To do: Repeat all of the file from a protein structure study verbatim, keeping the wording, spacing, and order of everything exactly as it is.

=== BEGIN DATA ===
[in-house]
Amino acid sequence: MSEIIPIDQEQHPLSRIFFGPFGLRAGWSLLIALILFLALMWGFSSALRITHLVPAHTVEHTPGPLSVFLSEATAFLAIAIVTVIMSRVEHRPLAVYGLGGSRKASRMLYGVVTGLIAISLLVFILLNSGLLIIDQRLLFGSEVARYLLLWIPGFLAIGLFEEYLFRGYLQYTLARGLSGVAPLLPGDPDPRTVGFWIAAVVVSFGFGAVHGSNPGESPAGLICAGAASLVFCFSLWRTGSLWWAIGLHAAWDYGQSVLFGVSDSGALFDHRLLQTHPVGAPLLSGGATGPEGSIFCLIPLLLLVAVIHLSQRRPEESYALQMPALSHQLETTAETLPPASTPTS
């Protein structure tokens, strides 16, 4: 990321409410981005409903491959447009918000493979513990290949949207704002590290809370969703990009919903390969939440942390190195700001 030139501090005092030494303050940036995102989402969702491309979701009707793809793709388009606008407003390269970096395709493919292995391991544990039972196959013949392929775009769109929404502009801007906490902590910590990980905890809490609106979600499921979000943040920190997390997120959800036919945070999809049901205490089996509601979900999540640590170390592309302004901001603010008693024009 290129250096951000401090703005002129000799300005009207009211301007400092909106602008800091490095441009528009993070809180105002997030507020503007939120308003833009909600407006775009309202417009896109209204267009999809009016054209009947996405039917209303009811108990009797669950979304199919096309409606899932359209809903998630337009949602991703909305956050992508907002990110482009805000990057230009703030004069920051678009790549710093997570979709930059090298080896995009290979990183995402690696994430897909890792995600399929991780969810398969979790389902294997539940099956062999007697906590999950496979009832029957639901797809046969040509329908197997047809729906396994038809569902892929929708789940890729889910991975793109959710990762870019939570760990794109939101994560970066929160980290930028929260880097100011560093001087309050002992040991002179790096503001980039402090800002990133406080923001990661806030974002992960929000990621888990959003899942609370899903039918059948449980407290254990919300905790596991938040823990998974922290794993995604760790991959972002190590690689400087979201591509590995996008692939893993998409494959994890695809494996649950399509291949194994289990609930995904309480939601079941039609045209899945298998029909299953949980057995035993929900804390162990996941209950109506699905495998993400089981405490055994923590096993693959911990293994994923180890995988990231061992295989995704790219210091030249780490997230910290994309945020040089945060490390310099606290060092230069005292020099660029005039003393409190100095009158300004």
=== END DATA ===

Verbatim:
[in-house]
Amino acid sequence: MSEIIPIDQEQHPLSRIFFGPFGLRAGWSLLIALILFLALMWGFSSALRITHLVPAHTVEHTPGPLSVFLSEATAFLAIAIVTVIMSRVEHRPLAVYGLGGSRKASRMLYGVVTGLIAISLLVFILLNSGLLIIDQRLLFGSEVARYLLLWIPGFLAIGLFEEYLFRGYLQYTLARGLSGVAPLLPGDPDPRTVGFWIAAVVVSFGFGAVHGSNPGESPAGLICAGAASLVFCFSLWRTGSLWWAIGLHAAWDYGQSVLFGVSDSGALFDHRLLQTHPVGAPLLSGGATGPEGSIFCLIPLLLLVAVIHLSQRRPEESYALQMPALSHQLETTAETLPPASTPTS
């Protein structure tokens, strides 16, 4: 990321409410981005409903491959447009918000493979513990290949949207704002590290809370969703990009919903390969939440942390190195700001 030139501090005092030494303050940036995102989402969702491309979701009707793809793709388009606008407003390269970096395709493919292995391991544990039972196959013949392929775009769109929404502009801007906490902590910590990980905890809490609106979600499921979000943040920190997390997120959800036919945070999809049901205490089996509601979900999540640590170390592309302004901001603010008693024009 290129250096951000401090703005002129000799300005009207009211301007400092909106602008800091490095441009528009993070809180105002997030507020503007939120308003833009909600407006775009309202417009896109209204267009999809009016054209009947996405039917209303009811108990009797669950979304199919096309409606899932359209809903998630337009949602991703909305956050992508907002990110482009805000990057230009703030004069920051678009790549710093997570979709930059090298080896995009290979990183995402690696994430897909890792995600399929991780969810398969979790389902294997539940099956062999007697906590999950496979009832029957639901797809046969040509329908197997047809729906396994038809569902892929929708789940890729889910991975793109959710990762870019939570760990794109939101994560970066929160980290930028929260880097100011560093001087309050002992040991002179790096503001980039402090800002990133406080923001990661806030974002992960929000990621888990959003899942609370899903039918059948449980407290254990919300905790596991938040823990998974922290794993995604760790991959972002190590690689400087979201591509590995996008692939893993998409494959994890695809494996649950399509291949194994289990609930995904309480939601079941039609045209899945298998029909299953949980057995035993929900804390162990996941209950109506699905495998993400089981405490055994923590096993693959911990293994994923180890995988990231061992295989995704790219210091030249780490997230910290994309945020040089945060490390310099606290060092230069005292020099660029005039003393409190100095009158300004």